Snorkellers dig out your gear or treat yourself to a new set because Ningaloo Marine Park surrounds the biggest fringing reef in the world, which you can swim to right off a beautiful beach (hundreds of kilometres of beautiful beaches, actually). You can even snorkel with manta rays or whale sharks, the biggest fish in the ocean, but think about signing up for a tour before you get there to be sure of a place.
The World Heritage-listed Ningaloo Coast is just one of many stunning snorkel locations all around Western Australia, with tours available in a number of parks.
You can also find more detailed information on snorkel trails, including those managed by Parks and Wildlife, at the TrailsWA website.
Some marine life is harmful, so don't touch and be careful where you stand. If your fins don't cover your whole foot, think about bootees or reef shoes.
There are more than 100 species of sharks in Western Australian waters. You should consider yourself lucky to encounter most of them: incidents are not common, especially close to shore, and involve very few species. The Department of Fisheries website has more on shark research and safety.
All the information on swimming at ocean beaches is applicable to snorkelling, so ensure you are familiar with it. Take special care when entering and leaving the water and stay aware of what's around you, not just what's below. Department of Transport regulations do not require snorkellers to display a flag but it is advisable to do so if snorkelling from a boat or where there may be boating traffic.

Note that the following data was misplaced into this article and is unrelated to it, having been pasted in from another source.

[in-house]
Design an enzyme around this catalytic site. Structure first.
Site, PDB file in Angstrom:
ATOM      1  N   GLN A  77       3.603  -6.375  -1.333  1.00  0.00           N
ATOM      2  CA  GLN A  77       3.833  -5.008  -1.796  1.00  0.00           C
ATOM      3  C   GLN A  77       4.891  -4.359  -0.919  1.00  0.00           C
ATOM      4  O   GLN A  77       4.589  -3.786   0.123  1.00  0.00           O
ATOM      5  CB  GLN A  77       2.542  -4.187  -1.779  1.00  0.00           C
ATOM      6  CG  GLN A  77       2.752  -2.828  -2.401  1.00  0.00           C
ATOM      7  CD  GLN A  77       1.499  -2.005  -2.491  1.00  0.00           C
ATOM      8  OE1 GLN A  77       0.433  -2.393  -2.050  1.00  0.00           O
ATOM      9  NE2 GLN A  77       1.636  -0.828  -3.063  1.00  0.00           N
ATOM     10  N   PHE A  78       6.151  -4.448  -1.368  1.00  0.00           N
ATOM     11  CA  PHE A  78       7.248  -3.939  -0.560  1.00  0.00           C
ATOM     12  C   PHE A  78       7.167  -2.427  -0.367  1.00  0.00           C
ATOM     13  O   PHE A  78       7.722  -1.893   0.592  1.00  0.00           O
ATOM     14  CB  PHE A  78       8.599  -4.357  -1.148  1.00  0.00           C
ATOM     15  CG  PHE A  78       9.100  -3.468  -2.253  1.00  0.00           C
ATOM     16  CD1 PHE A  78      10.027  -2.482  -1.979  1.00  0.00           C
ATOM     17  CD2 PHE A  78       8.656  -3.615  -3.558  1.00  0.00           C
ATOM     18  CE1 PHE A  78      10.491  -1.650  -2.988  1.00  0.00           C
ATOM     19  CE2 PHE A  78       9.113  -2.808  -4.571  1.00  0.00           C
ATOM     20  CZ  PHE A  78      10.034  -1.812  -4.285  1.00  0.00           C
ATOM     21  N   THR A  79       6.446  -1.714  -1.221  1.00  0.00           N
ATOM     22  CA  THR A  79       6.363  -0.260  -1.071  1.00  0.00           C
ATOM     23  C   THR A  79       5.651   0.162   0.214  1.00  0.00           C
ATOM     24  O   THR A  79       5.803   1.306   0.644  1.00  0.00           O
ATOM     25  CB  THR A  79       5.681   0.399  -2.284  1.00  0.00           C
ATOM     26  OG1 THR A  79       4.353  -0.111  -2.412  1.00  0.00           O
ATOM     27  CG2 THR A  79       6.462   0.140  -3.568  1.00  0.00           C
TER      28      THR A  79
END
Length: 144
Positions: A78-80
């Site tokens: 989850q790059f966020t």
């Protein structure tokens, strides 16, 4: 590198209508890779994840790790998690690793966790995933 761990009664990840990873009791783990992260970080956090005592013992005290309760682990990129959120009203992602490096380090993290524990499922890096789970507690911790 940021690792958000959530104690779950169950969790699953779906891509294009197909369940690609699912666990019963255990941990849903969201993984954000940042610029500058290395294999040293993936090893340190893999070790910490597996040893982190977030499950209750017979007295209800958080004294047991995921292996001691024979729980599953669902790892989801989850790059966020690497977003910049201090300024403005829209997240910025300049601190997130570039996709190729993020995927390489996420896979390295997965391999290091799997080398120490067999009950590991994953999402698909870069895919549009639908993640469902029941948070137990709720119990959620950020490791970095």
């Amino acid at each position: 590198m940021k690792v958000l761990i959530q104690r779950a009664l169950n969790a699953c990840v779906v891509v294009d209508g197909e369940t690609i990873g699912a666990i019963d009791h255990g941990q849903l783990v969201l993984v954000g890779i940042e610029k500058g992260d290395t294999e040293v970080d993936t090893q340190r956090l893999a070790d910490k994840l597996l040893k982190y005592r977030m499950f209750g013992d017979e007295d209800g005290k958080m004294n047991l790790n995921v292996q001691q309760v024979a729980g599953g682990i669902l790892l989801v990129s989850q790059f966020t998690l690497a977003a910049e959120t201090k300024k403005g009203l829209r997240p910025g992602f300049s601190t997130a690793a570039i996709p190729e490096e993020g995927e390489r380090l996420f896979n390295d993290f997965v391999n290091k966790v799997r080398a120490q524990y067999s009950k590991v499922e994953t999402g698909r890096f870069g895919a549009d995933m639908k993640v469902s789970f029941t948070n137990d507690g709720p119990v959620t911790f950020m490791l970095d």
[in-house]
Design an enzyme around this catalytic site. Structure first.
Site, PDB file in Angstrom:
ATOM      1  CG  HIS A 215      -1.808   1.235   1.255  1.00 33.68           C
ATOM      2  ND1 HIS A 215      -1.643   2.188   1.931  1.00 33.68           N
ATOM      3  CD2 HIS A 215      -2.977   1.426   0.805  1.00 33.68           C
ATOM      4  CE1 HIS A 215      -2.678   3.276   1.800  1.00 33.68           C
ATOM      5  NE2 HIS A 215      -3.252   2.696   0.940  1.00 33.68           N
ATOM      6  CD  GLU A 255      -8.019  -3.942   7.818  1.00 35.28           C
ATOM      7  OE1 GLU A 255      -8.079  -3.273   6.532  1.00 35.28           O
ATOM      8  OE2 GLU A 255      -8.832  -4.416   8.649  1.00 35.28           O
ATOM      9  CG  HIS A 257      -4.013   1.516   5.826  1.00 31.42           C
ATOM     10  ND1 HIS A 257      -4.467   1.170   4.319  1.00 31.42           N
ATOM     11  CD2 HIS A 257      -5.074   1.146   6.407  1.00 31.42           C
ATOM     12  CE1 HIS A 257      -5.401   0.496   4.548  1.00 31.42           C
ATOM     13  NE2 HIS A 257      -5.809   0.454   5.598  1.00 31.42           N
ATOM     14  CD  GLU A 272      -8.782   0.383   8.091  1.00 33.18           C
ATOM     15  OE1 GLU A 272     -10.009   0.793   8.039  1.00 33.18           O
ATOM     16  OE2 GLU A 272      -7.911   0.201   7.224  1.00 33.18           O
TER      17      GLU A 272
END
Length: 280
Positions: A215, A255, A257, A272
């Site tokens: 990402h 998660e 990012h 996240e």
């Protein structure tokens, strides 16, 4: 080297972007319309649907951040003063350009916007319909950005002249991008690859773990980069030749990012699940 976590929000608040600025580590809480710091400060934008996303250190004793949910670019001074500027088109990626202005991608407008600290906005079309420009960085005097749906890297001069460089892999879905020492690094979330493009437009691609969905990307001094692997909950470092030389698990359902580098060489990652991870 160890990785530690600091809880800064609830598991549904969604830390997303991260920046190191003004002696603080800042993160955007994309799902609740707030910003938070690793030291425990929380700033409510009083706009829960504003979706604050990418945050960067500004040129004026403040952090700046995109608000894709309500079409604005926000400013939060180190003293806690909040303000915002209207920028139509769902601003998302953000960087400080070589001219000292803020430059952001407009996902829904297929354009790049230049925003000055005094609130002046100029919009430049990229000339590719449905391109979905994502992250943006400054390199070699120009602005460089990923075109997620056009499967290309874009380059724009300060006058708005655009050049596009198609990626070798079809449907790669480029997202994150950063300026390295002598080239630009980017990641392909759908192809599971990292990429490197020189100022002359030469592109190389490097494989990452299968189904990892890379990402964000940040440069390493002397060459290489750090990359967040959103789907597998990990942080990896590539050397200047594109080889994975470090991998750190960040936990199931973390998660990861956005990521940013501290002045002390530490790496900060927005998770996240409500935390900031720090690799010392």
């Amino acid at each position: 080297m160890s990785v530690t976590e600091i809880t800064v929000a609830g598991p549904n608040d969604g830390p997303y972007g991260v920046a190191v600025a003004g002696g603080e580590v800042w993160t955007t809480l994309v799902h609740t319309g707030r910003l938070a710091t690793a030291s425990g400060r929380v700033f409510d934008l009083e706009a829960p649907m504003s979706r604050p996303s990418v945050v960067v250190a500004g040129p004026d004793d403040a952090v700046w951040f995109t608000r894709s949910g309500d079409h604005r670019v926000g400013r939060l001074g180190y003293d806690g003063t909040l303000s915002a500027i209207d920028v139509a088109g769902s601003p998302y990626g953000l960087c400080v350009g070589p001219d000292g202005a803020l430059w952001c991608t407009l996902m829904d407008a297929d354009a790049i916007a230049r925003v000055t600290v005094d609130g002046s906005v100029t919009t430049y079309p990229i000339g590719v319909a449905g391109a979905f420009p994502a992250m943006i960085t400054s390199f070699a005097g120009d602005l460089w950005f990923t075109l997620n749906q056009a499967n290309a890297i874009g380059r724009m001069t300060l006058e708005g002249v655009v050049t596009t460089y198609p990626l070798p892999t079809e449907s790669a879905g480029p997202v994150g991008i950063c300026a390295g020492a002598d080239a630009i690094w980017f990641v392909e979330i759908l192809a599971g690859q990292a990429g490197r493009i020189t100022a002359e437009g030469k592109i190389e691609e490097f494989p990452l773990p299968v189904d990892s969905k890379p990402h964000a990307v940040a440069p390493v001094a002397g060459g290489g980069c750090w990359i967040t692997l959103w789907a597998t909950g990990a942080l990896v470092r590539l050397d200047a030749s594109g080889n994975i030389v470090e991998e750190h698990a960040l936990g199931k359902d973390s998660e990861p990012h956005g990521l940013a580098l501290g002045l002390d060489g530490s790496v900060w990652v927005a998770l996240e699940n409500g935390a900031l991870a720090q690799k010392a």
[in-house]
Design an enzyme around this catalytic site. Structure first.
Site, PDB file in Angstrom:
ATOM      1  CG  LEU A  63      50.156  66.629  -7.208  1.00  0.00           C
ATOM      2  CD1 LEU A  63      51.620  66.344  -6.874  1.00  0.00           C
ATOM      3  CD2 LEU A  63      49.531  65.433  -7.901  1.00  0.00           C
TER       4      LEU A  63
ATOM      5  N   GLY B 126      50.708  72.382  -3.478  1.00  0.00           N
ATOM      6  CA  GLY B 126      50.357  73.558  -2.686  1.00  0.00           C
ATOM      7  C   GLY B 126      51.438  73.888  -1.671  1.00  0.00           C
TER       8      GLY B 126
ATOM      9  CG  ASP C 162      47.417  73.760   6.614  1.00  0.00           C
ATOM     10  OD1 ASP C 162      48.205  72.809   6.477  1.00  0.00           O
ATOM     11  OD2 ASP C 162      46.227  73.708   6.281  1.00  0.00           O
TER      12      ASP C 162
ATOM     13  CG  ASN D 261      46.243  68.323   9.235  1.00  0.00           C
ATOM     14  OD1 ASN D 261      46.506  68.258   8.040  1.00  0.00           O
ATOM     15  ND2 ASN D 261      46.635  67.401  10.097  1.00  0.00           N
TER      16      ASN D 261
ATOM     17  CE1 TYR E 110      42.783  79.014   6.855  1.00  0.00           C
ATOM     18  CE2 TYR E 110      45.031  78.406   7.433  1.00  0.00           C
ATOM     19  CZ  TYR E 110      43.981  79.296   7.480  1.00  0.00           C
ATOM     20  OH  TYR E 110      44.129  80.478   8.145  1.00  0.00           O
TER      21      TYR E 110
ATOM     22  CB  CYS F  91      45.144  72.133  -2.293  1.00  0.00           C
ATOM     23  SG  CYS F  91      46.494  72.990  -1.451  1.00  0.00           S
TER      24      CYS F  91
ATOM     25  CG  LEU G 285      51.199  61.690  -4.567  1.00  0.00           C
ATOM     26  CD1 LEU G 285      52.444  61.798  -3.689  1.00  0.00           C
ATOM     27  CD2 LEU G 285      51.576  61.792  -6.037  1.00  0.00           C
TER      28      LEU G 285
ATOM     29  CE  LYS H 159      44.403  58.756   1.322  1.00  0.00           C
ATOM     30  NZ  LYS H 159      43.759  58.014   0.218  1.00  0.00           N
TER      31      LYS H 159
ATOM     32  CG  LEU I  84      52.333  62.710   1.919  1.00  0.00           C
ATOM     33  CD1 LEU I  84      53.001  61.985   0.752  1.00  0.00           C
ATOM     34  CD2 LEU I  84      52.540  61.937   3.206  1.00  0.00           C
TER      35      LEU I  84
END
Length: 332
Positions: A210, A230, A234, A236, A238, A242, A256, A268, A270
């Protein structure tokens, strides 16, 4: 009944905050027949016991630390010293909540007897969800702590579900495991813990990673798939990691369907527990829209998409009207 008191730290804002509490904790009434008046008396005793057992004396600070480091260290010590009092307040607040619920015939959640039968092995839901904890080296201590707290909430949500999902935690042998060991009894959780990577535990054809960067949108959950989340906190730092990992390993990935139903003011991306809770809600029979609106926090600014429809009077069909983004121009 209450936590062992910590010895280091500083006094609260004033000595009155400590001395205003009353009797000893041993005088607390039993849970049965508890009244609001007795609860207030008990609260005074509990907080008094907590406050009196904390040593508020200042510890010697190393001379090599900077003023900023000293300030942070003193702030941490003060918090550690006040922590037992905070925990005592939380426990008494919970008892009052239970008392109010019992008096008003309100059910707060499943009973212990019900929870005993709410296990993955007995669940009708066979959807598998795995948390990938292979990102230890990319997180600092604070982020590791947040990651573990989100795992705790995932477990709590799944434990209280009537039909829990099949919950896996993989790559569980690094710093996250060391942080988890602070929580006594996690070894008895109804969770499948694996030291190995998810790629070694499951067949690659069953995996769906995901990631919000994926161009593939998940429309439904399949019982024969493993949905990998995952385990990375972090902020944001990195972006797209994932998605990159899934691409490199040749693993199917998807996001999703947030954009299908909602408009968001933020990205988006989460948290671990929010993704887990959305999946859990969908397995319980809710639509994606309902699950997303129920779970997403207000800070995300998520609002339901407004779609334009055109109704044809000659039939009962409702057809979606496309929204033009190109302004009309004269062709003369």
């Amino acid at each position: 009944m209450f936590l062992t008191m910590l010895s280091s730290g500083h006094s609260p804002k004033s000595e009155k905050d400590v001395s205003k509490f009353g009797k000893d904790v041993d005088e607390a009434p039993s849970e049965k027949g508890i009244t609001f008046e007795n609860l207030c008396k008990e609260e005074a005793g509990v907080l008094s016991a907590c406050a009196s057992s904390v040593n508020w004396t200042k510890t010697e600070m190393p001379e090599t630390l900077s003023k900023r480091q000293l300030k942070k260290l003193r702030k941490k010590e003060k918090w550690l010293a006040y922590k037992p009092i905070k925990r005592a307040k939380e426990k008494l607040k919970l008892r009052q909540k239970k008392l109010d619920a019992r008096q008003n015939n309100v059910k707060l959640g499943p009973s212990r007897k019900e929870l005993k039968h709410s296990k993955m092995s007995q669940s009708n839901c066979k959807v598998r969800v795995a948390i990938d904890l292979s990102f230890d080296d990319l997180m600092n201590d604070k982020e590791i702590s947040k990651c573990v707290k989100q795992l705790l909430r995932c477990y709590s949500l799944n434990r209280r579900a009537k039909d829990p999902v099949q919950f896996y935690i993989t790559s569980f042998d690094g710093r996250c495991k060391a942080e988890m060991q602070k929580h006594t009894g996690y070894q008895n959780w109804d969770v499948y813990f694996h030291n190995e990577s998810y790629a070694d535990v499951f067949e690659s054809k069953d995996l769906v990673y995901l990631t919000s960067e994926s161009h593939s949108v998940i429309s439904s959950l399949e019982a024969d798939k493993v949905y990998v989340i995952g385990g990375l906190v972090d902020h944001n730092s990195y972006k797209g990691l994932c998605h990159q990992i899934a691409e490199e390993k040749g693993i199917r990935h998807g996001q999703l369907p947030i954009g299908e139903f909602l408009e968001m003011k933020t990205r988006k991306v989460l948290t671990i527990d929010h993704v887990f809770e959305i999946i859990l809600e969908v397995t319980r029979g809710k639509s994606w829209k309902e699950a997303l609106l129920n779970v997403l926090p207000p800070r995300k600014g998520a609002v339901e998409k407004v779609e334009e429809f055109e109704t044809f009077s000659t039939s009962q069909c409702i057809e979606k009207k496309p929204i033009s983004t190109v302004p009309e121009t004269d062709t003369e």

Swimming with humpback whales
Western Australia is now trialling in-water humpback whale interaction tours in Ningaloo Marine Park. The trial runs from 1 August to 30 November 2016 and existing whale shark tour operators only have been given the opportunity to participate.
If you would like to swim with humpback whales in Ningaloo Marine Park you must book a tour with a licensed operator participating in the trial.
For further information on the 2016 in-water humpback whale interaction trial and the guidelines for interacting with humpback whales, please refer to the (hyperlink) In-water humpback whale interaction in Ningaloo Marine Park Trial 2016 brochure.
People can continue to enjoy watching humpback whales from a vessel according to the guidelines, but we remind visitors for their own safety that they must remain at least 100m from a whale whether on a boat or in the water.
The mantra of don't touch and be careful where you stand is also vital for conservation. Much of the marine life that you enjoy when snorkelling is easily damaged and, if it does recover, will only do so very slowly. Coral is particularly vulnerable. Don't stand on it and take special care not to hit it with your fins. If you're not 100% sure you can do that from above, look from the side where you have more room to manoeuvre or can stand on the sandy seabed.
All wildlife is protected by legislation (check our main website for details) and Department of Fisheries regulations apply. In marine nature reserves, marine park sanctuary zones and some special purpose zones fishing and collecting, of anything and by any means, is not permitted.
If you're on a swimming with whale sharks tour, the operators have an obligation to ensure you follow the code of conduct. If you're extremely lucky and come across one independently, make sure that you do too.